The car itself is pretty solid, and running well, so most of the effort is being directed at adding period rally equipment that will still be functional and serve our modern campaigning needs.

While we invested grueling months researching the actual competition cars and searching for the correct vintage equipment, the actual garage time is thankfully, pretty simple and rewarding. 

We searched long and hard for the right car when shopping for the Fintail, and an important trait of this particular car is its solid but bumped and bruised appearance adding to that aura of a life of competition. With that in mind the last thing we want is to bolt on a bunch of fresh shiny parts.


While authentic vintage fire extinguishers can be found easily enough, no respectable shop will refill them as their safety expiry will have long passed.  While we could have opted for a vintage extinguisher for the car shows, and a modern one for regular use, the thought of suffering a fire with the wrong extinguisher at hand was sobering. Instead we opted for an extinguisher with a vintage chrome appearance and modern effectiveness.  The extinguisher and extinguishing agent were carefully chosen but we will cover that in detail at another time.  With the extinguisher finally chosen the next task was mounting it securely.




The transmission tunnel was chosen as a mounting location for it’s accessibility to both driver and co-driver alike.   Using the seat belt attachment points rather than drilling new holes was a no-brainer.

First a cardboard mock up was made to accurately locate the seatbelt threads, and bracket holes, then it was transferred to aluminum sheet.

Cardboard, especially press board like that cereal boxes are made of is a great tool for templates.  The cardboard is stiff enough to keep shape but unlike the corrugated version, bends easily, and cut edges are clean and accurate.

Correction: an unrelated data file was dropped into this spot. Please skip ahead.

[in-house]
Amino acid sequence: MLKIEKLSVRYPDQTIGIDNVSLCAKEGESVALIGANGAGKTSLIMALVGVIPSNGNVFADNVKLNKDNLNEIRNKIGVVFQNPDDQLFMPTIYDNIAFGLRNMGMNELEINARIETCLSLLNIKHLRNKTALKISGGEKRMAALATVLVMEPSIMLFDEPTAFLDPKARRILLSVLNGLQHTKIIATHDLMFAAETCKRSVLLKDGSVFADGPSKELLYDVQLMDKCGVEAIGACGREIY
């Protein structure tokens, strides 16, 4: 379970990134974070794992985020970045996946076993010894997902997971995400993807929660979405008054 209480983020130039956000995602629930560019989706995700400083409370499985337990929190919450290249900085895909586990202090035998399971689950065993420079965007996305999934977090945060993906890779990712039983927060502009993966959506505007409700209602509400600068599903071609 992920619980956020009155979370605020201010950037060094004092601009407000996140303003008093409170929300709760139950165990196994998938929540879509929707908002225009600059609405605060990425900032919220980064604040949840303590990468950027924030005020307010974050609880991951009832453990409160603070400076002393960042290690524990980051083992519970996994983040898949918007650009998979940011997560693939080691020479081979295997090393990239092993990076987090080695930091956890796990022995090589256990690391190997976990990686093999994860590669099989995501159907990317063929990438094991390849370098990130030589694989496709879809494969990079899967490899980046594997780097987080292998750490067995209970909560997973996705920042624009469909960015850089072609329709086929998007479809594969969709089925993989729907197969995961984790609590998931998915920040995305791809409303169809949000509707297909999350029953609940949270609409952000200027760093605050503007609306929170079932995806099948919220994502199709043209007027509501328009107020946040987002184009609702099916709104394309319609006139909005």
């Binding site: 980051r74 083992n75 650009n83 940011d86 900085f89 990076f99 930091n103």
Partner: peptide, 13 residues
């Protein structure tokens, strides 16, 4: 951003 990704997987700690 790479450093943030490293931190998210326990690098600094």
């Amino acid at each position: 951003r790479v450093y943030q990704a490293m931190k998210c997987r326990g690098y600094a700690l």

Some templates for projects coming soon to the F-Bomb Studio

A large washer was used to form a radius on the ends both to protect the carpet, and for a cleaner appearance.  The aluminium was cut with a fine blade jig saw, and cleaned up with a drum sander on a die grinder.  

A step drill makes drilling various sizes quick and simple

While simple rivets connect the mounting strap to the extinguisher mount, we felt that the connection needed to be more secure for occupant safety so the strap was placed over the bracket.  While this is perhaps less attractive it is hidden once the extinguisher is in place, regardless function first on a ‘race’ car.

The stickers were peeled off the extinguisher as they were too painfully modern.  They may even be replaced by faux vintage stickers at a later date.  Both the extinguisher and the bracket were subjected to some forced weathering – a close look at the bracket will reveal some peeling paint and rust on it despite being brand new. Efforts to dull the bright white strap ends are planned, or they may be replaced altogether.


No vintage rally car is complete without some auxiliary driving lights.

For the Finnie we went with some vintage well used Cibie Super Oscars that were sourced after lengthy research.  Finding these locally, already with a convincing patina helped the decision making. As a big plus they were sold as a set of 4, so we have spares if needed (every minute the car sits in a parking lot is sheer anguish).